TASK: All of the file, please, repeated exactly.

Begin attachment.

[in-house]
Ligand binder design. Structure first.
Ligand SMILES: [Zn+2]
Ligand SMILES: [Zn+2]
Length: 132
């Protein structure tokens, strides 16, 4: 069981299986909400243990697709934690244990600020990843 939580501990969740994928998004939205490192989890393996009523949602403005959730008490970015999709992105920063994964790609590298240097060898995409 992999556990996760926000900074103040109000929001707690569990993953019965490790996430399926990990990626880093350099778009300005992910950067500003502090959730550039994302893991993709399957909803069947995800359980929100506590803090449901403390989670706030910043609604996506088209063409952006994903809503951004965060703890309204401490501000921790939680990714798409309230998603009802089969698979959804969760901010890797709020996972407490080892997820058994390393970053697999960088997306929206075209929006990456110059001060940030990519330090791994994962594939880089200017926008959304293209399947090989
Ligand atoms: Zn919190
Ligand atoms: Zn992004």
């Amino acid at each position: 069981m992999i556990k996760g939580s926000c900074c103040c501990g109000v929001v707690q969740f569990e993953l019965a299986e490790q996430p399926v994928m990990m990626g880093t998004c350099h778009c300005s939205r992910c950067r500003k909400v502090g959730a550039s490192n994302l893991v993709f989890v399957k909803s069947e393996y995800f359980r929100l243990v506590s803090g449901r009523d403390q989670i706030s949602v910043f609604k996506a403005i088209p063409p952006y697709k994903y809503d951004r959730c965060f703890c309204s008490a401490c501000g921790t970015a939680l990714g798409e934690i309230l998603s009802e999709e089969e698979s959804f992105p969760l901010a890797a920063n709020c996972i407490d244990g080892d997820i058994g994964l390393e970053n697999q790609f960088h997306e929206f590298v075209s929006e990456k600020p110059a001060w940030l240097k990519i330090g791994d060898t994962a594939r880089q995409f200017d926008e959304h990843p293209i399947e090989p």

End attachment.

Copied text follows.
[in-house]
Ligand binder design. Structure first.
Ligand SMILES: [Zn+2]
Ligand SMILES: [Zn+2]
Length: 132
């Protein structure tokens, strides 16, 4: 069981299986909400243990697709934690244990600020990843 939580501990969740994928998004939205490192989890393996009523949602403005959730008490970015999709992105920063994964790609590298240097060898995409 992999556990996760926000900074103040109000929001707690569990993953019965490790996430399926990990990626880093350099778009300005992910950067500003502090959730550039994302893991993709399957909803069947995800359980929100506590803090449901403390989670706030910043609604996506088209063409952006994903809503951004965060703890309204401490501000921790939680990714798409309230998603009802089969698979959804969760901010890797709020996972407490080892997820058994390393970053697999960088997306929206075209929006990456110059001060940030990519330090791994994962594939880089200017926008959304293209399947090989
Ligand atoms: Zn919190
Ligand atoms: Zn992004």
């Amino acid at each position: 069981m992999i556990k996760g939580s926000c900074c103040c501990g109000v929001v707690q969740f569990e993953l019965a299986e490790q996430p399926v994928m990990m990626g880093t998004c350099h778009c300005s939205r992910c950067r500003k909400v502090g959730a550039s490192n994302l893991v993709f989890v399957k909803s069947e393996y995800f359980r929100l243990v506590s803090g449901r009523d403390q989670i706030s949602v910043f609604k996506a403005i088209p063409p952006y697709k994903y809503d951004r959730c965060f703890c309204s008490a401490c501000g921790t970015a939680l990714g798409e934690i309230l998603s009802e999709e089969e698979s959804f992105p969760l901010a890797a920063n709020c996972i407490d244990g080892d997820i058994g994964l390393e970053n697999q790609f960088h997306e929206f590298v075209s929006e990456k600020p110059a001060w940030l240097k990519i330090g791994d060898t994962a594939r880089q995409f200017d926008e959304h990843p293209i399947e090989p």